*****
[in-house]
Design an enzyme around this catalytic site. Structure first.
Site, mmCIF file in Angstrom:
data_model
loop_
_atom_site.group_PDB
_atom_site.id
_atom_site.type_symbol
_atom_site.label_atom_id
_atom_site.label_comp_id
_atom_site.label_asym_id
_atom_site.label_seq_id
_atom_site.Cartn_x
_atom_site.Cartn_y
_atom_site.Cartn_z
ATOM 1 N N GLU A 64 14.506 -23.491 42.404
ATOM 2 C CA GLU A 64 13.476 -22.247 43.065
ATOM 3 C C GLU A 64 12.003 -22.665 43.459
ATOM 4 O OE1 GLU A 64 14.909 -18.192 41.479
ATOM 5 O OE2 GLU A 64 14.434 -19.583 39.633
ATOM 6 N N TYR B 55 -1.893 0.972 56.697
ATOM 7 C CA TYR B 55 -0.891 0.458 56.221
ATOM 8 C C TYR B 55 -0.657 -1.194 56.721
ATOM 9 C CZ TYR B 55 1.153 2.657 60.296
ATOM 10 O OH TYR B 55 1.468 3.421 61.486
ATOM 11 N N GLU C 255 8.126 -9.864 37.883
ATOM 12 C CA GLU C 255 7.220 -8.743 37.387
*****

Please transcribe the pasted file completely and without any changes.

[in-house]
Design an enzyme around this catalytic site. Structure first.
Site, mmCIF file in Angstrom:
data_model
loop_
_atom_site.group_PDB
_atom_site.id
_atom_site.type_symbol
_atom_site.label_atom_id
_atom_site.label_comp_id
_atom_site.label_asym_id
_atom_site.label_seq_id
_atom_site.Cartn_x
_atom_site.Cartn_y
_atom_site.Cartn_z
ATOM 1 N N GLU A 64 14.506 -23.491 42.404
ATOM 2 C CA GLU A 64 13.476 -22.247 43.065
ATOM 3 C C GLU A 64 12.003 -22.665 43.459
ATOM 4 O OE1 GLU A 64 14.909 -18.192 41.479
ATOM 5 O OE2 GLU A 64 14.434 -19.583 39.633
ATOM 6 N N TYR B 55 -1.893 0.972 56.697
ATOM 7 C CA TYR B 55 -0.891 0.458 56.221
ATOM 8 C C TYR B 55 -0.657 -1.194 56.721
ATOM 9 C CZ TYR B 55 1.153 2.657 60.296
ATOM 10 O OH TYR B 55 1.468 3.421 61.486
ATOM 11 N N GLU C 255 8.126 -9.864 37.883
ATOM 12 C CA GLU C 255 7.220 -8.743 37.387